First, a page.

CASB Great Governing

A service of the Colorado Association of School Boards, Great Governing is dedicated to citizen leaders learning, growing and achieving for "the sake of the kids." For a conversation, contact Randy Black at CASB headquarters, 1200 Grant Street, Denver, Colorado 80203.

800-530-8430, 303-832-1000

Designing new trust & understanding

Veteran board members Ann Guettler (r) and Mickie Hosack describe their design ideas for new, ongoing constituent engagement [Superintendent Susan Birdsey holds the creativity] 

Veteran board members Ann Guettler (r) and Mickie Hosack describe their design ideas for new, ongoing constituent engagement [Superintendent Susan Birdsey holds the creativity] 

Ideas were really percolating during a rich time with the Garfield 2 "crew," Monday night in Rifle.  At the core:  Designing new constituent engagement efforts and going next level with performance appraisals for both board and "one employee."  Along the way:  Helped a candidate catch the serious business of great governing.

The policy-centered, strategically aligned, strengths-driven leaders are part of a continuous improvement culture that features pursuit of a shared vision, wildly important goals, aligned work throughout the system, and everybody-a-learner applications.

The night's milestones: 

  • probing challenges and opportunities
  • identifying an "intersection" of need (wider and deeper constituent trust and understanding of the challenges) and strength (Discover Re-2, an ongoing group of 20 constituents learning about the district)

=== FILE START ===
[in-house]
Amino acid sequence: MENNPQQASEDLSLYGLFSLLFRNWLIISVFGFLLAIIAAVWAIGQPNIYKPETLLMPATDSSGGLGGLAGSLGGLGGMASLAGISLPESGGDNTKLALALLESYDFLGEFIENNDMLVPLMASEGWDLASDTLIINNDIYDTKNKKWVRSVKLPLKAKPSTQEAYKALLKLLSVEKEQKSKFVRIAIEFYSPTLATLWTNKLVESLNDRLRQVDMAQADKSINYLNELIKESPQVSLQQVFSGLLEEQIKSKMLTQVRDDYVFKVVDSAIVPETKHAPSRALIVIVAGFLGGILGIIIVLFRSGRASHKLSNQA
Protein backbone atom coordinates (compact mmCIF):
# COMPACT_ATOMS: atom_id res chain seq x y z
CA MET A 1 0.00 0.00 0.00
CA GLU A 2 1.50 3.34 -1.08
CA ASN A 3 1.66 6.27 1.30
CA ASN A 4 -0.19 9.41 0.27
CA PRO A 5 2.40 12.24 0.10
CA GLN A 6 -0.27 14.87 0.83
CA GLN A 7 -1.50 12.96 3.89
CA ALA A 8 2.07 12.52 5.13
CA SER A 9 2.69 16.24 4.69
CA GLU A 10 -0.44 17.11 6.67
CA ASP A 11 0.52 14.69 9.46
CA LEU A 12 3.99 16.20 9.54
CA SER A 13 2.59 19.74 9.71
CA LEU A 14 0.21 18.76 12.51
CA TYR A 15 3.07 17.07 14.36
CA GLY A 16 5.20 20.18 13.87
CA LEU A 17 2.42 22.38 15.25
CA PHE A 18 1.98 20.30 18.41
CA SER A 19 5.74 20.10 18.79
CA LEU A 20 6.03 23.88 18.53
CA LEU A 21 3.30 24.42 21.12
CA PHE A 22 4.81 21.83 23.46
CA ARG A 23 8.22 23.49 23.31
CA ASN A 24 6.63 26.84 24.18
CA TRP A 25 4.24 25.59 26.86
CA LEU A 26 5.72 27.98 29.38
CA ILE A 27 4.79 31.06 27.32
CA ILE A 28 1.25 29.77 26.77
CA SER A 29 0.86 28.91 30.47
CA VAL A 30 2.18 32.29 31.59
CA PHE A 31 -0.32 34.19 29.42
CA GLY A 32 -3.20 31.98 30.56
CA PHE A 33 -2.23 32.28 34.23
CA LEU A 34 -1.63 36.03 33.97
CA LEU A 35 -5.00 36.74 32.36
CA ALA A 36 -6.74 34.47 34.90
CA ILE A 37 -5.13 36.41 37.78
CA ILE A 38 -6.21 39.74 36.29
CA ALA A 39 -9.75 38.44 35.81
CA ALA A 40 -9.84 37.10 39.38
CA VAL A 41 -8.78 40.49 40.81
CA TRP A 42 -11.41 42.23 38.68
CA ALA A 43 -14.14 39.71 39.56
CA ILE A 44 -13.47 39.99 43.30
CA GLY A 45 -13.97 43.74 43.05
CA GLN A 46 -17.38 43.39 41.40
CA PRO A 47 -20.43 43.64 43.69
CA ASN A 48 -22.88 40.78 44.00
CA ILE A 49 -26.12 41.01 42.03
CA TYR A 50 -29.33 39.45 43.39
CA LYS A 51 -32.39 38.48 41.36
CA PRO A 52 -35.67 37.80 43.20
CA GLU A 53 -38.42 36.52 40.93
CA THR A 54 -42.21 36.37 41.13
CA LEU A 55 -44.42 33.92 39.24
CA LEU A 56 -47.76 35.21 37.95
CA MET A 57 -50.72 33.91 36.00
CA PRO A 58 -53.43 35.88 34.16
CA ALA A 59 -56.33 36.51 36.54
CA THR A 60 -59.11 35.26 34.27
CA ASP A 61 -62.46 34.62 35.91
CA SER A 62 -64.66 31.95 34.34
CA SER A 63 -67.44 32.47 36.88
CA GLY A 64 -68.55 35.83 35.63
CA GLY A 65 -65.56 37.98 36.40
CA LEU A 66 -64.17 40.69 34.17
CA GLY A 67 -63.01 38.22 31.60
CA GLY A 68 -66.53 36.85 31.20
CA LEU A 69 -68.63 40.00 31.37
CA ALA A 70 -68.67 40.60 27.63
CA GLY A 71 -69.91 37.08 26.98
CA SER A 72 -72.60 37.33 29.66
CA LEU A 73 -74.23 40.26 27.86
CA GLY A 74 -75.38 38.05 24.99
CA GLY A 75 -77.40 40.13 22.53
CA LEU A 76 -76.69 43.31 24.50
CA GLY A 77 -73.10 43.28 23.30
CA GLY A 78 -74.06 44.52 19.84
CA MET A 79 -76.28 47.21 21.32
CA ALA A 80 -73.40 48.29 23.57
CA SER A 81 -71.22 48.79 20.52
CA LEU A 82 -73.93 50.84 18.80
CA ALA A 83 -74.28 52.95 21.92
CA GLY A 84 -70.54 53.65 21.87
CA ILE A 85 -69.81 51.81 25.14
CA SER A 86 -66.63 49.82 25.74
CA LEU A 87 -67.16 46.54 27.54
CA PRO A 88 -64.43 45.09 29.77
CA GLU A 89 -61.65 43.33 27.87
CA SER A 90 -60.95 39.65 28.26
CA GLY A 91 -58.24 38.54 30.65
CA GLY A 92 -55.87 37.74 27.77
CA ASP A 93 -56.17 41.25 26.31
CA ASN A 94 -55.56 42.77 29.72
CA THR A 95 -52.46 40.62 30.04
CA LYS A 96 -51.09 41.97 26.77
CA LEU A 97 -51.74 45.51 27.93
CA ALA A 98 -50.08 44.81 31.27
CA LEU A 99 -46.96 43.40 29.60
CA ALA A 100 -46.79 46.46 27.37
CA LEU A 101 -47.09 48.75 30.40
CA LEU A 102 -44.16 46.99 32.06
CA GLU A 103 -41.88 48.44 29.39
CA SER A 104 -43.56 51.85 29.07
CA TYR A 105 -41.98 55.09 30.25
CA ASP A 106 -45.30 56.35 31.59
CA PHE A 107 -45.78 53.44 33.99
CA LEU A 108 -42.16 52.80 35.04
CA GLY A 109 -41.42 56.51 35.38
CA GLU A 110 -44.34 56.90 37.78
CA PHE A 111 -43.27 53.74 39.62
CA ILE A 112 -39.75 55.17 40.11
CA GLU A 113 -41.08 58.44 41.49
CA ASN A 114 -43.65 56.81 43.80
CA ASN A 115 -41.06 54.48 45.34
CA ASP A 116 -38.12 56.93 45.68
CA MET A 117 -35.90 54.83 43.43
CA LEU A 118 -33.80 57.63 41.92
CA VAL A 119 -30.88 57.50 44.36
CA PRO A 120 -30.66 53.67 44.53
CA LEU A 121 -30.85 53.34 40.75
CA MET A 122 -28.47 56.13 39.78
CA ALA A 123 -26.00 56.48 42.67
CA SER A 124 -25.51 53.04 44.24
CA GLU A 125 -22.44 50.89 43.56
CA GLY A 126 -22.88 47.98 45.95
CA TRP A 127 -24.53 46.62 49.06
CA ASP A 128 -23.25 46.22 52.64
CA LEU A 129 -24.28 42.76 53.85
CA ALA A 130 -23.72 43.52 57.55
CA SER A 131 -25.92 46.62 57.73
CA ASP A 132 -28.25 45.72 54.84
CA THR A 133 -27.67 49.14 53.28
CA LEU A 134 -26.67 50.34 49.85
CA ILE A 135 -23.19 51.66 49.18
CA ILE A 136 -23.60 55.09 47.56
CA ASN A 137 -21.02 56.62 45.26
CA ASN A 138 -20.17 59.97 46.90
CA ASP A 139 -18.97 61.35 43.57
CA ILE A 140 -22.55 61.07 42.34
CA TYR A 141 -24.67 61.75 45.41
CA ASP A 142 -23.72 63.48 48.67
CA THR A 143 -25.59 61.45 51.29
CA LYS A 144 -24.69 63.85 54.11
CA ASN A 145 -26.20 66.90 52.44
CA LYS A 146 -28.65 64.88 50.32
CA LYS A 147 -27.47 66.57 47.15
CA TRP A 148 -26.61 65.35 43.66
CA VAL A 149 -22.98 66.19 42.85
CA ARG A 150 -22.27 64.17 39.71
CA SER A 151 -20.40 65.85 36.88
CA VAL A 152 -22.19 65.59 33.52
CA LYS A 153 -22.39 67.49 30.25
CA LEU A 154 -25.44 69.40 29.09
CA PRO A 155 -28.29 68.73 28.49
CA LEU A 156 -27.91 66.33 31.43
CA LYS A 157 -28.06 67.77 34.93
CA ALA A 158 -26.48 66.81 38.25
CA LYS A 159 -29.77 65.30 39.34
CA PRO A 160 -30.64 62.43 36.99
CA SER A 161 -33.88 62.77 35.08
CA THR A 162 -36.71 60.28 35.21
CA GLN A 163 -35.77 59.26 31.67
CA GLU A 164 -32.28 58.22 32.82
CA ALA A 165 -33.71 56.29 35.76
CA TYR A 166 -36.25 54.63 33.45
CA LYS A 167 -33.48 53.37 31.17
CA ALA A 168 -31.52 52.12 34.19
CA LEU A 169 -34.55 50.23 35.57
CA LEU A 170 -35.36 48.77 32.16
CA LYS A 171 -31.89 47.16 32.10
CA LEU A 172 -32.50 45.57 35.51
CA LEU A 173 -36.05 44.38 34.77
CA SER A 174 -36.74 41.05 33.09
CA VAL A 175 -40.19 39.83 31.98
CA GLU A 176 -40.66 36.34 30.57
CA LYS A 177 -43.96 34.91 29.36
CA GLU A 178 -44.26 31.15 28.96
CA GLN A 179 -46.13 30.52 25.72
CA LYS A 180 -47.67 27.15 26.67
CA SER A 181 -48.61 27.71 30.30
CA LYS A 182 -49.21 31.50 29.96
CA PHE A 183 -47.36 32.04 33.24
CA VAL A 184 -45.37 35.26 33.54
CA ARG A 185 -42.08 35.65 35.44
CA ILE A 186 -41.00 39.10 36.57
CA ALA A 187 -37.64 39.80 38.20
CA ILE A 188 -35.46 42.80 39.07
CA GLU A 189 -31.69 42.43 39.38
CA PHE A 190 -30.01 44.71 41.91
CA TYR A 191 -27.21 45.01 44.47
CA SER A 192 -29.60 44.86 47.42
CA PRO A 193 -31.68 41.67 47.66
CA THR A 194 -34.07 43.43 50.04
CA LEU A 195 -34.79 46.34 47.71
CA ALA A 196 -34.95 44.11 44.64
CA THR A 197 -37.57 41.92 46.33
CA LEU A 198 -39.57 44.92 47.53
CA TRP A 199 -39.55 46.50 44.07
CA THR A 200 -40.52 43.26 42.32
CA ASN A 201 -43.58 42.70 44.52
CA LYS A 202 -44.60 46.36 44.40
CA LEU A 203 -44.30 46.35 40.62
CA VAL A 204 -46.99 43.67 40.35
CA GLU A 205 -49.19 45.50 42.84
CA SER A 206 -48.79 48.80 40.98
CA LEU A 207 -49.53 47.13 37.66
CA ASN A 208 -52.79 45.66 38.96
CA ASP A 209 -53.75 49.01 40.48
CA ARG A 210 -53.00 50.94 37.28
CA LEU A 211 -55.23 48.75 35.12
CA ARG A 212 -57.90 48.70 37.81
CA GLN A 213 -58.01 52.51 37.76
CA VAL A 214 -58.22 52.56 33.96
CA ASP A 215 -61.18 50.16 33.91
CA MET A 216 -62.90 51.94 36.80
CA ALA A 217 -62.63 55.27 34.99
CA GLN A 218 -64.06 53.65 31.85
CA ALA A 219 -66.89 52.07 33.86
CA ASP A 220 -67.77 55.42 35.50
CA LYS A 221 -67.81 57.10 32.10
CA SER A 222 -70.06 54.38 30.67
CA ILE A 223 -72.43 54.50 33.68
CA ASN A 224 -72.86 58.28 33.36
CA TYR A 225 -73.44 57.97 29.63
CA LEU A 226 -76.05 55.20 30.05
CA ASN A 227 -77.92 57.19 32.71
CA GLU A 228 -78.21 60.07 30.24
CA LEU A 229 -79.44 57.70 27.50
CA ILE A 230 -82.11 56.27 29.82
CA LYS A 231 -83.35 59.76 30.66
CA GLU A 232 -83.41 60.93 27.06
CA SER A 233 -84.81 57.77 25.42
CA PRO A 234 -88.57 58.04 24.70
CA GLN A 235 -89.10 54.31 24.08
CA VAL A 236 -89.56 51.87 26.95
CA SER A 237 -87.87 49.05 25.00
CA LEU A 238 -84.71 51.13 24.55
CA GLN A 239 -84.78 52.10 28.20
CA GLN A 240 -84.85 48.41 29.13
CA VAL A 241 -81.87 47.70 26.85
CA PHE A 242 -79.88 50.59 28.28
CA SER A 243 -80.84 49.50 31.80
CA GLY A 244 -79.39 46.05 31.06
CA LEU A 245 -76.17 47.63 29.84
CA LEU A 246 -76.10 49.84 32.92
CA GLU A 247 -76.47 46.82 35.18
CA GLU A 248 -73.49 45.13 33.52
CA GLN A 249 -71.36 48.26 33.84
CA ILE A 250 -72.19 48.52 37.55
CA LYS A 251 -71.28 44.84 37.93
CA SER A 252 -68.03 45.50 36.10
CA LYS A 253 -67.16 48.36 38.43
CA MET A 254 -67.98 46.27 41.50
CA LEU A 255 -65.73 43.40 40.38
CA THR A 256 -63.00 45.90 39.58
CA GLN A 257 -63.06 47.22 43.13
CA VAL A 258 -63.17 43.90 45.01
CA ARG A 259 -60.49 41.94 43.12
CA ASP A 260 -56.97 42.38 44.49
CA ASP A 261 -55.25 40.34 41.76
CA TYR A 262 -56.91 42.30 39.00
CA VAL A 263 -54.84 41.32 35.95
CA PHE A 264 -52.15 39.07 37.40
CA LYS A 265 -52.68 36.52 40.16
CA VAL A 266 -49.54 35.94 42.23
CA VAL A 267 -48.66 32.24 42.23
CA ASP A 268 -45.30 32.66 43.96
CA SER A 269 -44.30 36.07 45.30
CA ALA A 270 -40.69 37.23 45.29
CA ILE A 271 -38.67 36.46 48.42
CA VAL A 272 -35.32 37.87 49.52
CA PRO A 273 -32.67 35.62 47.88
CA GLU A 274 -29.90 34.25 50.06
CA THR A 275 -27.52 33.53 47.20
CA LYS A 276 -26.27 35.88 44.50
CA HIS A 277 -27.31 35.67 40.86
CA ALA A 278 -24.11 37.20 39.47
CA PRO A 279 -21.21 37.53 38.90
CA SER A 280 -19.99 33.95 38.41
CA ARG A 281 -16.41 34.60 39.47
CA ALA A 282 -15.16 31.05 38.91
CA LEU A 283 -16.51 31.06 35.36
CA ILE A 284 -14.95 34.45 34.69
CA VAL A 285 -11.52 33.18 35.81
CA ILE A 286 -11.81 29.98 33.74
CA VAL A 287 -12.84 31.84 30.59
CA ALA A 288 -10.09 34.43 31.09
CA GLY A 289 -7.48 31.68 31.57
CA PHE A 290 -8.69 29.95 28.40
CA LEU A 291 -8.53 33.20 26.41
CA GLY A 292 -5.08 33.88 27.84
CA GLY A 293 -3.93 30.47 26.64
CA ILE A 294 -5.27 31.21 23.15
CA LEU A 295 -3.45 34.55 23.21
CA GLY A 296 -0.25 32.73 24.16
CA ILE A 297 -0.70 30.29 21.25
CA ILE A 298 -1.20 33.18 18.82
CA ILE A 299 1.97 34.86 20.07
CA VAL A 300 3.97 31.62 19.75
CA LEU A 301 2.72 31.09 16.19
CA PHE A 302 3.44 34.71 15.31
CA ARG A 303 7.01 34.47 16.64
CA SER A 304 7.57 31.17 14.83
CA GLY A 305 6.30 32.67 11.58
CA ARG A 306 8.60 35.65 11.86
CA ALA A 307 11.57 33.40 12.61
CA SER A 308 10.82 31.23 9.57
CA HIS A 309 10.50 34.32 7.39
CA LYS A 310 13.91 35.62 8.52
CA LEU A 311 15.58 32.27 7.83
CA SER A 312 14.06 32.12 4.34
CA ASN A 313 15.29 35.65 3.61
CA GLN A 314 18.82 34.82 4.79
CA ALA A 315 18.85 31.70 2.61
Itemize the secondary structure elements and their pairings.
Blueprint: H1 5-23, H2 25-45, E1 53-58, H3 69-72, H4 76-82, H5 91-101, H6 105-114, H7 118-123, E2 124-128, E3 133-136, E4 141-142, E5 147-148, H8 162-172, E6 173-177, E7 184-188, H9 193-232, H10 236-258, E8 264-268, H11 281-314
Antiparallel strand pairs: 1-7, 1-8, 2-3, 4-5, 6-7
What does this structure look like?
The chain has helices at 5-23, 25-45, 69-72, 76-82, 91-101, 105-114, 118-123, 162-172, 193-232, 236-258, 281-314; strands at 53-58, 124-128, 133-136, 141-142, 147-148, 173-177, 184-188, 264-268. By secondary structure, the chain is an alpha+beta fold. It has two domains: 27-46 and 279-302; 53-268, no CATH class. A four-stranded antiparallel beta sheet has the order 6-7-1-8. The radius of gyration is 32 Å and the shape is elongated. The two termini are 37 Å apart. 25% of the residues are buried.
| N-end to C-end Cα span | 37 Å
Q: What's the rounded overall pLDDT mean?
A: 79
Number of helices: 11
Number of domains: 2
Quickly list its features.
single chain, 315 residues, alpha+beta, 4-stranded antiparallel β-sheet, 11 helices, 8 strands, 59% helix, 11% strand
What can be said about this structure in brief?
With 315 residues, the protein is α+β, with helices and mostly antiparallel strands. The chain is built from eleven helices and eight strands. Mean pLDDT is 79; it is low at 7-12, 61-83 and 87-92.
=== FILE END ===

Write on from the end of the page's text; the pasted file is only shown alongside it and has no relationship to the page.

• compiling "why & what" about the excellence of Discover Re-2
  • designing ideas for possible next steps
  • coalescing around "Celebrate Re-2"

For more insights:  Discover Re-2 summary and content schedule, here; board of education's aligned agendas, here; district homepage, here.

 

 

 

DoING the wildly important...

Ah, the intersection of democracy and education!

Such a mix of passionate voices, gaps of mis/understanding, power applications, limited perspectives, grand hopes, great intentions, and an ongoing encounter with the push-pull-shaky-tenuous nature of change.

Distractions, diffusions, drifts, and derailments over the years:  Volleyball uniforms.  Length of the grass on the football fields.  Some aspect of education that has not received full investment due to Colorado's long slide with state funding.  A coooooooach who loves lone rangering.   A conspiracy-driven board member.  A necessary reduction of staff or programs because you can't print money.  Blaming the superintendent for anything that makes someone unhappy.  A fellow board member who breaks confidentiality with executive sessions.  Drifting away from policy leadership.  Focusing on daily/weekly management responsibilities.  No/low ownership of the governing function.  Making performance improvement about every other leadership role but governing.

So what's wildly important for the sake of the kids?  Really.  Clearly.  PowerFULLy.  Some thoughts and hopes:

  • Owning and living a strategic framework for the board's work:  Motivating vision of a high performance future, purposeFULL mission, wildly important goals, operating norms, and embedded core values.  [catch the strategic framework in this concept agenda, here; consider standards and habits, here]
  • Focusing and aligning time/content on the wildly important such as increasing student achievement; enhancing professional development, classroom to boardroom; aligning the local system to the new ways of "doing" education; financing district investments during a decade of sliding state funding; constituent engagement and trustbuilding... [list compiled from insights gathered at each CASB regional, last fall]